Can you share a couple of clearer pics and result of alloy? Also is this profile etched before anodizing? I suspect etching bath's behaviour against the Mg alloys. Can you share the sequence of baths in anodizing line? Based on your answer we can try something.

Sincerely

alaattin tuna
- sakarya,TURKEY


October 24, 2018

Q. Hello,
thank you Joerg and Alaattin for your posts. Basically, we all agree that it is a material issue. But it's not sufficient reason for raising an official complaint towards material producer. As you say, Joerg, specification is very important. I'm trying to find some specific material quality to look for (max. % of specific element for instance).
Here are some other pics of the defect.

45421-8b

45421-8a

Simplified sequence of the anodizing process we are using is here:
1. Alkaline degreasing
2. Pickling E0
3. Pickling E6
4. Alkaline rinse
5. Clarification (HNO3/H2SO4)
6. Alkaline rinse
7. Anodizing (H2SO4)
8. Acid rinse
9. Coloring
10. Rinse
11. Sealing
12. Rinse
13. Drying

Thanks for your opinions!

Libor Böhm [returning]
Quality manager - Nosislav, Czech Republic


October 25, 2018

A. Hi Libor,
I think the source of the problem is the alloy or casting process as per previous contributor's opinion. If you suspect it comes from the process then you can try 2 options:
1- you can skip only clarification bath's rinse (alkaline rinse as you describe)
(we call it "neutalization" bath instead of "clarification" bath). Also you had said "alkaline rinse" but I think it should be "acid rinse"
2- you can skip only E6 etching bath and its rinse

So, if you see again the black spots, then focus on material problem ... don't think anything else.

alaattin tuna
- sakarya,TURKEY


October 25, 2018

A. Regarding the 5754,
if you're using your own forming process on the product, look for sources of debris, like steel shavings, etc., that might get embedded into the soft surface. I've anodized quite a bit of 5745, have seen other issues, but nothing like this -- this reminded me of some 6xxx series parts that sat in RO water (high purity) overnight, they were cleaned, etched, deoxed and ready to be anodized, but it was very late in the day and had to be rescheduled for next morning, and those parts developed defects similar to these, very few spots, not regular at all, but deep craters (visible on high magnification) that were very very noticeable after anodizing.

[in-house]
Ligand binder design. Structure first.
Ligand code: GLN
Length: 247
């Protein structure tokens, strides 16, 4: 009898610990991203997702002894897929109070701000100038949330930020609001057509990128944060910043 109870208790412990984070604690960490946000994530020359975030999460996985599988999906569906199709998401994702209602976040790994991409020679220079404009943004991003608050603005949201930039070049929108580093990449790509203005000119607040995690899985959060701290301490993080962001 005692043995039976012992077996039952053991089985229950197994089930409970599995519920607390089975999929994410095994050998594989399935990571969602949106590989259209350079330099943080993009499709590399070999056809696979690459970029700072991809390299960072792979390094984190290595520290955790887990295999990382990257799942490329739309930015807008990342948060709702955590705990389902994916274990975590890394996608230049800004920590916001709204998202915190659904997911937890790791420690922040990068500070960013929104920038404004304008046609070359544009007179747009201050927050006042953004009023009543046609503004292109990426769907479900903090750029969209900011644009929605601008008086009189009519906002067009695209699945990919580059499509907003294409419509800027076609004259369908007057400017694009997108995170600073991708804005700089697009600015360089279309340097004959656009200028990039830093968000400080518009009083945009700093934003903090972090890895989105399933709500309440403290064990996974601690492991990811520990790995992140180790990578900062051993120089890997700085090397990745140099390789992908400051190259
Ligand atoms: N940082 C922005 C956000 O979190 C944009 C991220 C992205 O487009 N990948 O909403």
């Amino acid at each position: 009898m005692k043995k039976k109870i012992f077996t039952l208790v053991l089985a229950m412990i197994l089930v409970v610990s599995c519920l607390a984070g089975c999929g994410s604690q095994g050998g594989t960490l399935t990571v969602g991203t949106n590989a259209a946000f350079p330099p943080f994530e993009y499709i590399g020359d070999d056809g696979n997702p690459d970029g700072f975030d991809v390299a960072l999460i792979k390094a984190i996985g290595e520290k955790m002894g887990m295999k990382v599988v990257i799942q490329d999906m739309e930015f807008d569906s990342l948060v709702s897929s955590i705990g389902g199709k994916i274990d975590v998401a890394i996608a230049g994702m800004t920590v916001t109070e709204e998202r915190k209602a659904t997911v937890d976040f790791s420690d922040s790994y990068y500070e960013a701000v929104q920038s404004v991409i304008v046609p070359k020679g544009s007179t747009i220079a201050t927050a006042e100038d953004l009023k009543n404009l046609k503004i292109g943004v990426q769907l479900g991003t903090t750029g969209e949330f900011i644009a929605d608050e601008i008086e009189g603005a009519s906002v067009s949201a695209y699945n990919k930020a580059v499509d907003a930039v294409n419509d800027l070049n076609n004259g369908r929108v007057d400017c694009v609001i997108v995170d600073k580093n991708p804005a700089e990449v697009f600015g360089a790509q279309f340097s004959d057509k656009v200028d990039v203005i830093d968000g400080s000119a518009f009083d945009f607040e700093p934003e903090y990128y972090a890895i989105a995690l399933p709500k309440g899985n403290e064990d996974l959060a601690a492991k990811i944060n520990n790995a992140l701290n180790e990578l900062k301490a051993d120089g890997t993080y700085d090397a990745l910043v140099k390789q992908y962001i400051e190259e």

Janis Ziemelis
- Riga, Latvia



Black streaking in anodized machined aluminum part

October 18, 2018

Q. Hi all,

I've got this part machined from 7050-T7451 aluminum, and after anodizing per Mil-A-8625 [link is to free spec at Defense Logistics Agency, dla.mil] (Type II) its coming back with black streaks.

45421-7

Now these parts are not aesthetic, so I'm not concerned by the appearance of the black streaks, but I am concerned about whether or not they pose a concern for corrosion resistance and material properties. So my question is, do imperfections in anodizing have a significant effect on corrosion resistance or material properties?

Thanks!

Bradley Roan
- Vacaville, California


October 20, 2018

A This is what happens when the material has been COLD DRAWN

robert probert
Robert H Probert
Robert H Probert Technical Services
supporting advertiser
Garner, North Carolina
Editor's note: Mr. Probert is the author of Aluminum How-To / Aluminio El Como
and co-author of The Sulfamate Nickel How-To Guide


October 25, 2018

A. Regarding 7xxx,
there are quite a few posts about this very problem on here, and nothing very definitive. From my own experience, I see those gray lines when the part has been either reworked, the stock material has been sitting for a long time before a part was machined from it (years), or misalignment of Mars and Venus during anodizing. It should affect corrosion resistance -- how much, no one will give a definitive answer; put it in a salt spray cabinet to see how it behaves. But then again -- if corrosion resistance is so important, why 7xxx series? Is weight/size that much of an issue where you can't use a purer alloy that will anodize better and provide better corrosion resistance?

Here is a photo of a part made from 7075 I anodized:

45421-9

There is a large bore in the part from left-right (during machining it may have been warmed up, though flood coolant was used), and the pattern seems to be somewhat oriented around it, suggesting a relation to internal stresses in the part, which supports what Mr. Probert said about cold drawing.

Janis Ziemelis
- Riga, Latvia


November 20, 2018

Q. I have seen the exact same black spots & streaks on the parts we anodize. The streaks occur along the machining tool path, and the small black spots often deep occur on the surface of the machined part. My analysis has pointed me to the material, for example the actual process of rolling or manufacturing the Al5754 metal plates. Also the problem is random for the black spots.
Is there a way to clean/etch the part with a certain kind of chemical to avoid this problem?
Can anyone share some more light on this?

Satyajeet Chafekar
Aerospace - Chiang mai, Thailand